Never tell an employer you're 'still waiting to hear back about another offer,' says career expert—here's why
What do you do when you get a job offer from Company A, but don't know where you stand with Company B?
This happens a lot (even in a competitive job market), and it can be stressful because maybe you're really hoping for an offer from Company B. Or, maybe you like both companies and would rather wait to consider your options.
First and foremost, never tell one company you can't give them an answer because you're still waiting to hear back about another offer.
Why you shouldn't reveal too much
If Company A learns that you're seriously thinking about other options, hiring you suddenly becomes a risk because it's assumed that they aren't your first choice. In some cases, they might even rescind the offer.
According to an MIT study, once an employer takes into consideration basic salary, taxes and benefits, the real cost of hiring someone is typically 1.25 to 1.4 times the base salary range.
So why would a company want to hire a candidate who might just pick up as soon as they land an offer elsewhere?
How to respond to the first job offer
As soon as you receive an official letter from Company A, tell them:
"Thank you so much for the opportunity. I would like some time to go through the entire written offer to see if I have any questions. Can I get back to you by tomorrow?"
(Most employers have no problem with candidates doing their due diligence, so they may even give you more than 24 hours to make a decision.)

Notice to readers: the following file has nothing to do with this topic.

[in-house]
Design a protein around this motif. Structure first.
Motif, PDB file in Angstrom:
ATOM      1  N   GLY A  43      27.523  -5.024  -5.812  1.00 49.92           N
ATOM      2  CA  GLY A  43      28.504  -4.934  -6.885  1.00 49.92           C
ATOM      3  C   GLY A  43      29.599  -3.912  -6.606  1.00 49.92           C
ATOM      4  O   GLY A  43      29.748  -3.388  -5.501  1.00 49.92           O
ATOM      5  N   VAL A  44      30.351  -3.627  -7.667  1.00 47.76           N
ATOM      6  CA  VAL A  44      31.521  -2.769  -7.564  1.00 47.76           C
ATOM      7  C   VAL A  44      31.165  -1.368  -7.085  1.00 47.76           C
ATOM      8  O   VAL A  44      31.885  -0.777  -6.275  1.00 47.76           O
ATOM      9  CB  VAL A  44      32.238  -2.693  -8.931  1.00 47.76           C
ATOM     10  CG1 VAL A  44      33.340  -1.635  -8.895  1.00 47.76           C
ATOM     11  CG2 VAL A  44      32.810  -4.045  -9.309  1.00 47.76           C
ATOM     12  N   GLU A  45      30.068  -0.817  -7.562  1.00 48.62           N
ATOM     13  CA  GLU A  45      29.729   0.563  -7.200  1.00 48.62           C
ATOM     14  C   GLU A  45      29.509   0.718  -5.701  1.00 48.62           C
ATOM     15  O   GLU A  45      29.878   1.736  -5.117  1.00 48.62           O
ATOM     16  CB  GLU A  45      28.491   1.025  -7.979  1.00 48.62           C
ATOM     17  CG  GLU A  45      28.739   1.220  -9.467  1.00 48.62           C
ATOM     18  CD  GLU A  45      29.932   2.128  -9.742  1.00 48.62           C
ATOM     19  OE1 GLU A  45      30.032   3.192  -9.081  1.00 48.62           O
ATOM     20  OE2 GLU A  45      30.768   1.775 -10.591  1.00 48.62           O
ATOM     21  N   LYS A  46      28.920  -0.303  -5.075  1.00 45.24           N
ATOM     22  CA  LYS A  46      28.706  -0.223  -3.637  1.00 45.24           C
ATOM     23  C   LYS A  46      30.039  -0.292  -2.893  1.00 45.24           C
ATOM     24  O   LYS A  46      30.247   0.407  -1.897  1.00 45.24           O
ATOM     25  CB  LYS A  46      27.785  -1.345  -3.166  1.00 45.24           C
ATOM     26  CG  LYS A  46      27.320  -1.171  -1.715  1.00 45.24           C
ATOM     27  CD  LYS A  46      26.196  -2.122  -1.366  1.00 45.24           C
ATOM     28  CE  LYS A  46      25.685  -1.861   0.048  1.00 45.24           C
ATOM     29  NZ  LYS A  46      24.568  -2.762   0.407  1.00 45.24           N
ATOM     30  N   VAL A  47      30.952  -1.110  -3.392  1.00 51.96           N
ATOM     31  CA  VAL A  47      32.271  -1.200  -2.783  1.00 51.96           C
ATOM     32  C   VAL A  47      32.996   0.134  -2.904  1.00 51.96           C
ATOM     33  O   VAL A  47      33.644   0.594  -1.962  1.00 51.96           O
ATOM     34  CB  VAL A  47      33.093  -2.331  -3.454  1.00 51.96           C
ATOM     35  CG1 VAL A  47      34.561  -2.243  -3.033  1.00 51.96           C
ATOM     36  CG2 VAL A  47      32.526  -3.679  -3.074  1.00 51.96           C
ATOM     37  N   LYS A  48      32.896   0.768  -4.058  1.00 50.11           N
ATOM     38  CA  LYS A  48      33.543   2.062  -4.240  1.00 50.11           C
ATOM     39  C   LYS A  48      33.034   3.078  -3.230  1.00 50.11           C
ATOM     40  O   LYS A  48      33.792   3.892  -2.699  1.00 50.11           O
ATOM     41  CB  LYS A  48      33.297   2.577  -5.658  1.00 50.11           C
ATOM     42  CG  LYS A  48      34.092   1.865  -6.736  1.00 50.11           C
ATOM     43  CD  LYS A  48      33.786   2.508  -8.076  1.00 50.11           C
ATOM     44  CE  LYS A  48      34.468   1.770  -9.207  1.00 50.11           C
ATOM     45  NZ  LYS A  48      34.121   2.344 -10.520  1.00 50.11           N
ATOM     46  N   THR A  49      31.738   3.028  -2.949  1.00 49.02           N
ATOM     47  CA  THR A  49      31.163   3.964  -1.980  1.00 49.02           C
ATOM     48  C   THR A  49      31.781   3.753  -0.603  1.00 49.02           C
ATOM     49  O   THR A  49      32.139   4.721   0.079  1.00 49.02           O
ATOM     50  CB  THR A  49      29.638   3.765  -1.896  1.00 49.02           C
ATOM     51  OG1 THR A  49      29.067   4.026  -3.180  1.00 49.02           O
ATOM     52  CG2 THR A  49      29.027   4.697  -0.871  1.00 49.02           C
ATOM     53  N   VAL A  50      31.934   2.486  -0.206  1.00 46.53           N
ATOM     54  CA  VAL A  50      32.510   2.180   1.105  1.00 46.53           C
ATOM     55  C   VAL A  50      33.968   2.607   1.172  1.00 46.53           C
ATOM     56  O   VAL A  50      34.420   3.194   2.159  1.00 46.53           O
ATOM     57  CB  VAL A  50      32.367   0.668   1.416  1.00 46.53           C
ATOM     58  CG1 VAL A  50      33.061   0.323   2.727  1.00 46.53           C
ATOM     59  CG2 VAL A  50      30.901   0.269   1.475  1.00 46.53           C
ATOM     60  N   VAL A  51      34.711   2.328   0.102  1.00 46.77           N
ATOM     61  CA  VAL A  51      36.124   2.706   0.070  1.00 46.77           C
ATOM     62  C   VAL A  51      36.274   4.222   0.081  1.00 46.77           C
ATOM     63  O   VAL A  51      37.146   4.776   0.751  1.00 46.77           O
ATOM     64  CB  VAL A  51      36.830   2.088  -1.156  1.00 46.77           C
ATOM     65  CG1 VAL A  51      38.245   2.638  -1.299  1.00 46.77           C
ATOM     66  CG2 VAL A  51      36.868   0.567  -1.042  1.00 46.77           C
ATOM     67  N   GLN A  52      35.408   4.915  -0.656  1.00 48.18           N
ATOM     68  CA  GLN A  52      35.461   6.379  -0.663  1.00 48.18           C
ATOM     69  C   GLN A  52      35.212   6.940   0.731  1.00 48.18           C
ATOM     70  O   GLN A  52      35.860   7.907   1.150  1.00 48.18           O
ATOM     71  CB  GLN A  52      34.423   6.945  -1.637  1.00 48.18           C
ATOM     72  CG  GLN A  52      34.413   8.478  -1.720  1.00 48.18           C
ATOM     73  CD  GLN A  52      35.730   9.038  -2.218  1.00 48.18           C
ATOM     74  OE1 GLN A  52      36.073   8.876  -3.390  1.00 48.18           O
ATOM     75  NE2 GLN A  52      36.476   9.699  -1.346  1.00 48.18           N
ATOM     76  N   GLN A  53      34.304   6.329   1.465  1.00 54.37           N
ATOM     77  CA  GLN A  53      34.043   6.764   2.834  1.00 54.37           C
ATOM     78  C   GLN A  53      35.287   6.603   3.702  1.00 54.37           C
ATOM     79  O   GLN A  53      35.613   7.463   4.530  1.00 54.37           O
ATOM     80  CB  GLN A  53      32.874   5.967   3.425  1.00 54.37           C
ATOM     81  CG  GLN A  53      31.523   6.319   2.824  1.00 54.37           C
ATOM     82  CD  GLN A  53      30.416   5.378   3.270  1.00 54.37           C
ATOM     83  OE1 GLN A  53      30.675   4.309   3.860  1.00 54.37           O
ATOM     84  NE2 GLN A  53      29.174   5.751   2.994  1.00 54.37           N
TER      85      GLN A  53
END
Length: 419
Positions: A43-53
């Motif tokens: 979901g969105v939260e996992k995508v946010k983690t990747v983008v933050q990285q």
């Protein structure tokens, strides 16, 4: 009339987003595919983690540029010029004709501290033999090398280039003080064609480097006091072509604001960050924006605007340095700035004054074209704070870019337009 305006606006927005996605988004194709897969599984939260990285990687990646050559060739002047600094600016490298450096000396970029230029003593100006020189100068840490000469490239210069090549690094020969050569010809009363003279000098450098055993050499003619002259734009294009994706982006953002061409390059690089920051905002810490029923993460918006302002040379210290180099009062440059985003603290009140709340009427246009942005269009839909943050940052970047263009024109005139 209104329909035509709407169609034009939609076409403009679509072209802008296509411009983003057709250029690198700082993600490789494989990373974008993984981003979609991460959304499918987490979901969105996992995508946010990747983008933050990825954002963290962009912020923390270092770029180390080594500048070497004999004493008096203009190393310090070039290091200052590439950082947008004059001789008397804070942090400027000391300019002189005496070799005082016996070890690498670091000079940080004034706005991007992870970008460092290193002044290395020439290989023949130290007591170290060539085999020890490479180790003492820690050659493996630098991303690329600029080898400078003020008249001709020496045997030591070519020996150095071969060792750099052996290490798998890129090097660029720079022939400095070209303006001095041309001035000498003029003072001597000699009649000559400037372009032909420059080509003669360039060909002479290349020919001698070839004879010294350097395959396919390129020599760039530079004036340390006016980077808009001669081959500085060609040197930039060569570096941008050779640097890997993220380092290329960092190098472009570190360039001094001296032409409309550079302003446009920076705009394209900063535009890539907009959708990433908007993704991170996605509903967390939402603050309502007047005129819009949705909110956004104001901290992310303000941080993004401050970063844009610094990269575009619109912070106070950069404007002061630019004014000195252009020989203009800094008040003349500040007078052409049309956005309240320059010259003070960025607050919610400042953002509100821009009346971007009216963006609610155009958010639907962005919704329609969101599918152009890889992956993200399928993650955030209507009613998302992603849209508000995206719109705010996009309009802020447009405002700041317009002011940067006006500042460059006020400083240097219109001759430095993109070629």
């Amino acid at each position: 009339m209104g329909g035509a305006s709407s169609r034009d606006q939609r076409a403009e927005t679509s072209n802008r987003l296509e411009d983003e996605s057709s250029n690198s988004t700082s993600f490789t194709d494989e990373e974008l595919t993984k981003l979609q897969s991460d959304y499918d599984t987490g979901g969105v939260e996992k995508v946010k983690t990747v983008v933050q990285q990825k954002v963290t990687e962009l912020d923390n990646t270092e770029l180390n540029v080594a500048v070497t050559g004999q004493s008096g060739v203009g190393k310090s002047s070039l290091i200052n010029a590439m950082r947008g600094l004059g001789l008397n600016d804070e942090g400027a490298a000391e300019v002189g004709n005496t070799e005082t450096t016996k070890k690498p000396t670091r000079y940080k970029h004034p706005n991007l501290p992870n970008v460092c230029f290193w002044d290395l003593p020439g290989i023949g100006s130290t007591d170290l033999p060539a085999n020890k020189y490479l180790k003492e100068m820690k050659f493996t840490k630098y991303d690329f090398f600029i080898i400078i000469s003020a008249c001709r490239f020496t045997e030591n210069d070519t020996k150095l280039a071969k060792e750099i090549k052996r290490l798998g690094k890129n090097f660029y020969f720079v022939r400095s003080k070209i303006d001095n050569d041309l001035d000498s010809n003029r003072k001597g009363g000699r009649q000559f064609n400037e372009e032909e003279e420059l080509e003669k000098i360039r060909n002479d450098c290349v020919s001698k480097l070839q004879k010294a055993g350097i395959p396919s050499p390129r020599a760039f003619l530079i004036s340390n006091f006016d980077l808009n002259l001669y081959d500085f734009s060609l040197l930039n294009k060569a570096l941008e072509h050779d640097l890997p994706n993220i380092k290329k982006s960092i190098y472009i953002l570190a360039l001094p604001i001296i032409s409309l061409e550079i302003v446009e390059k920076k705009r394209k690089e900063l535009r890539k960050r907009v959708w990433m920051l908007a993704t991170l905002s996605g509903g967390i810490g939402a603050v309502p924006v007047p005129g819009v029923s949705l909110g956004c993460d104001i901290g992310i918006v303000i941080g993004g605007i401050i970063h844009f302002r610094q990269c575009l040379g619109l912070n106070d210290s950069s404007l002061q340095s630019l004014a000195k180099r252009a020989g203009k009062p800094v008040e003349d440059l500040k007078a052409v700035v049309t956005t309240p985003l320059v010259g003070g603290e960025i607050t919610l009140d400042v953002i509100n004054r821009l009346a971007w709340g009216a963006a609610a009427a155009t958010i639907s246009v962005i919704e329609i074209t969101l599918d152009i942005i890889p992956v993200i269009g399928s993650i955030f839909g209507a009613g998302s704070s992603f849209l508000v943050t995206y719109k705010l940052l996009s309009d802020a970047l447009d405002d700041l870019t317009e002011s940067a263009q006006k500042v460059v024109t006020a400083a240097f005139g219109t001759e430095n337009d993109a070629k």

Then, use that time to gauge your chances of landing an offer from Company B:
"I just received an offer from another company, but you are my first choice. Am I still in the running for this position? And, if so, do you have an idea of when you might make a decision?"
This way, Company B will know that they might lose you as a candidate and will be motivated to move faster — or at least tell you how much longer it's going to take.
If they can't give you a definitive answer — and you're not 100% confident you'll get the job — then the smart thing to do would be to take the job from Company A.
- You might not even get an offer from Company B. Now you don't have a job at all.
- You might get an offer from Company B, but during the (long) period of time that it took them to get back to you, you decide that you actually want to work at Company A.
The worst thing you can do is to accept Company A's offer, and then back out when you get an offer from Company B. Doing so will destroy your reputation with Company A, and you never know when that relationship will come in handy.
J.T. O'Donnell is the founder and CEO of Work It Daily, an online platform dedicated to helping people solve their biggest career problems. She has more than 15 years of experience in hiring, recruiting and career coaching. For more career tips, follow her on TikTok @jtodonnell.
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